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Physical Therapy Success

Updated: May 16, 2019

Key to physical therapy success: Speak up early & often about how an injury limits the everyday activities that are most important to you.

What Brings You to Physical Therapy Today?

When you kick off a new project at work, chances are you spend a fair amount of time setting

and reviewing goals. These goals help you—and those you’ll be working with—get a clear sense of what you’re looking to achieve and begin to map out a plan of attack. Along with specific goals, you also probably find it helpful to set some key milestones to ensure that you stay on task and to prevent your motivation from waning.

These same principles apply when going to physical therapy for an injury. Communicating what you hope to get out your therapy sessions can help your physical therapist to individualize the treatment plan and design an exercise program that aligns with your goals. The idea is to move from “I’m here because my knee hurts” to “I’d like my knee to feel better so I can get back to doing X, Y and Z.”

Let’s talk about a concrete example to illustrate goal-setting in action: A father of three ruptures his Achilles tendon while playing a game of pickup basketball after work. When he lands in rehab, he explains to his PT that he’s due to walk his oldest daughter down the aisle at her wedding in a few months. This gives the PT a specific goal—and a timeline—to aim for. Of course, not every patient has a goal tied to such a momentous occasion. It can be as simple as carrying your groceries to your car unassisted or lifting your grandchild into a high chair. Either way, it’s important to have goals—and to communicate them clearly to your physical therapist.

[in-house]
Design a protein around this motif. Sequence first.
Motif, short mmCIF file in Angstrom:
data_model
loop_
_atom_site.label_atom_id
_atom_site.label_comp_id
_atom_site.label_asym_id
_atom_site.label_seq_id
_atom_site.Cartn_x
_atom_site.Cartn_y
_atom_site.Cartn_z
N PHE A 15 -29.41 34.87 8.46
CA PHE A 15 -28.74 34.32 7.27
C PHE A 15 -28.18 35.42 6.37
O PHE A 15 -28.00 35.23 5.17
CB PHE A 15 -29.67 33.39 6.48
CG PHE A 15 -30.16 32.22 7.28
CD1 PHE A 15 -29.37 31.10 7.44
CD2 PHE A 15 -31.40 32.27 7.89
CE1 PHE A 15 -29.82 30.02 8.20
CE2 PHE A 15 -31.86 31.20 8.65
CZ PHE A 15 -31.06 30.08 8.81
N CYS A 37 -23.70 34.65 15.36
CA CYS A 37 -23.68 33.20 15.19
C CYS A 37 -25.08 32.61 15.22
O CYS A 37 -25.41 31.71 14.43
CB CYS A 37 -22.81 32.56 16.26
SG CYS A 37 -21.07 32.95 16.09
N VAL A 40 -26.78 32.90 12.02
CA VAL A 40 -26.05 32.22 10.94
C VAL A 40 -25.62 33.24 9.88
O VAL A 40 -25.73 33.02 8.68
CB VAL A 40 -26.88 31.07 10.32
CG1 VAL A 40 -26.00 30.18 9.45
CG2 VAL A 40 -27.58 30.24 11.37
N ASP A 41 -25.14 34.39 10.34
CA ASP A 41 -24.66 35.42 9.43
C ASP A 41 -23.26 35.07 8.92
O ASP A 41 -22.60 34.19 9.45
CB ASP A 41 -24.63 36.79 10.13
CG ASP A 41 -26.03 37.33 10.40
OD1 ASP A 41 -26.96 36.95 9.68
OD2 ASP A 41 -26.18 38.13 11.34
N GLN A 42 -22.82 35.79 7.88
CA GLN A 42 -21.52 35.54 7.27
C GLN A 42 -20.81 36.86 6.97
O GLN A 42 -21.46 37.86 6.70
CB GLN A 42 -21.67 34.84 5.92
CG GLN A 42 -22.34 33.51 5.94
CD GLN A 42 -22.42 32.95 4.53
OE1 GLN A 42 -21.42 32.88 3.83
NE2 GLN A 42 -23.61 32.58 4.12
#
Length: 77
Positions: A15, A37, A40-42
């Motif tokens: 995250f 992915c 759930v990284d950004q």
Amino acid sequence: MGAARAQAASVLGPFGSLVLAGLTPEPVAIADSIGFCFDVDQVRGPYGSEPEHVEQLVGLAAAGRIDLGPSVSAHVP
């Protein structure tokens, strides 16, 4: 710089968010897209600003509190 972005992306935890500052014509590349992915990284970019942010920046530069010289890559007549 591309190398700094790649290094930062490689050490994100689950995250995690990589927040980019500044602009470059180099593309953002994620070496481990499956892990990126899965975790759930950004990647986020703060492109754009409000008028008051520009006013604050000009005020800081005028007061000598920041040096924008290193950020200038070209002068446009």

Your PT wants you to get better but without the right guidance from you, he might default to

following a checklist and design a program that unknowingly misses your goals. Only you know precisely what you want out of PT: If you have a wrist injury and getting back to your knitting hobby is important to you, then be specific! Another patient could come in with the same injury but have completely different goals, so guide your PT to help you achieve what’s most important.

Proper communication ensures success, and that means you can’t passively participate in your care and simply listen to what the PT recommends. Instead, communication needs to be a twoway street.

So next time you’re at physical therapy, speak up: Make sure that your PT knows

precisely why you’ve made the appointment, what you hope to get out of it and why it’s

important to you. This information not only helps your PT make important decisions about your care but also to think of new ways to keep you motivated during therapy.

If you find yourself making an appointment to see a physical therapist for a new injury or a

nagging pain, make sure that you prepare in advance. Being prepared to answer this one simple question can help to ensure that rehab is a success: What brings you to physical therapy today?

After all, you wouldn’t walk into a kickoff meeting at work without first giving some thought to

the goals that you planned to share with your team, would you?

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1 Comment

I first have to say that I was not going to go to PT after my rotator cuff and impingement surgery. I thought I could do it on my own. I am here to tell you that I am so glad I decided to go and that I couldn’t do it on my own. After 9 weeks so far, one month, I have improved my shoulder mobility range so much! I didn’t start therapy until 7 weeks after surgery as I had open surgery. My range lifting my arm up straight went from 120 to 160 degrees. 180 being perfectly straight. My range lifting my arm up and out to the side went from 70 to 120 degrees …

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